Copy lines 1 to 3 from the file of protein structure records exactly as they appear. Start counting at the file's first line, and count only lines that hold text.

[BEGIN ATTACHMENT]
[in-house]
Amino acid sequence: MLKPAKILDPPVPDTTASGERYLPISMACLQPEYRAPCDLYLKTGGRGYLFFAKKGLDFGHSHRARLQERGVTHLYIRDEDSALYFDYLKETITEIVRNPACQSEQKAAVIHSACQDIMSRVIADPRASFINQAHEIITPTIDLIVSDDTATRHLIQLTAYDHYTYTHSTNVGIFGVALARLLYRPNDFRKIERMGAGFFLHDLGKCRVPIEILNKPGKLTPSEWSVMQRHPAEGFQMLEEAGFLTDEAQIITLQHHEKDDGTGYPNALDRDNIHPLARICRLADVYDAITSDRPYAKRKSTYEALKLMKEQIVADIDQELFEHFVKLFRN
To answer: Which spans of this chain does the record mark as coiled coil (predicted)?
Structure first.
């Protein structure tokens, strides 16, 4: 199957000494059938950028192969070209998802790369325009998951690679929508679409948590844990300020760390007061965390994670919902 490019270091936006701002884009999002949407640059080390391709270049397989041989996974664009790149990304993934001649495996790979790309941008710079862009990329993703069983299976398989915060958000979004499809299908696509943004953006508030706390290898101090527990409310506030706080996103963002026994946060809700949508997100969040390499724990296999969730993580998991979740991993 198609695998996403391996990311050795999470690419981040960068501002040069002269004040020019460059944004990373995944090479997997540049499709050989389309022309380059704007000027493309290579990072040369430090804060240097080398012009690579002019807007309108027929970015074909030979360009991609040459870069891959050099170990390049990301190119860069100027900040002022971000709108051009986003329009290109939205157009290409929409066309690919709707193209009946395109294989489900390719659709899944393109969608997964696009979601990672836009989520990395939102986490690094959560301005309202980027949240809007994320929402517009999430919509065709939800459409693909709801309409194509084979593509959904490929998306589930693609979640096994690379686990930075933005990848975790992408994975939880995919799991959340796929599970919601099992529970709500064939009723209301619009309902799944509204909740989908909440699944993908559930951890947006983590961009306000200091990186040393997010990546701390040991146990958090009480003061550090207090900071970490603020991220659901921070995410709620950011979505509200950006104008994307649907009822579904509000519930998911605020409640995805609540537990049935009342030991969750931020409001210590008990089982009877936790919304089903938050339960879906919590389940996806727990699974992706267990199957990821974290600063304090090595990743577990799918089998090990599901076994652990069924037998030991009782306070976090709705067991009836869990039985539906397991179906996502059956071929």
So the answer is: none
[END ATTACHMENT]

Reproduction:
[in-house]
Amino acid sequence: MLKPAKILDPPVPDTTASGERYLPISMACLQPEYRAPCDLYLKTGGRGYLFFAKKGLDFGHSHRARLQERGVTHLYIRDEDSALYFDYLKETITEIVRNPACQSEQKAAVIHSACQDIMSRVIADPRASFINQAHEIITPTIDLIVSDDTATRHLIQLTAYDHYTYTHSTNVGIFGVALARLLYRPNDFRKIERMGAGFFLHDLGKCRVPIEILNKPGKLTPSEWSVMQRHPAEGFQMLEEAGFLTDEAQIITLQHHEKDDGTGYPNALDRDNIHPLARICRLADVYDAITSDRPYAKRKSTYEALKLMKEQIVADIDQELFEHFVKLFRN
To answer: Which spans of this chain does the record mark as coiled coil (predicted)?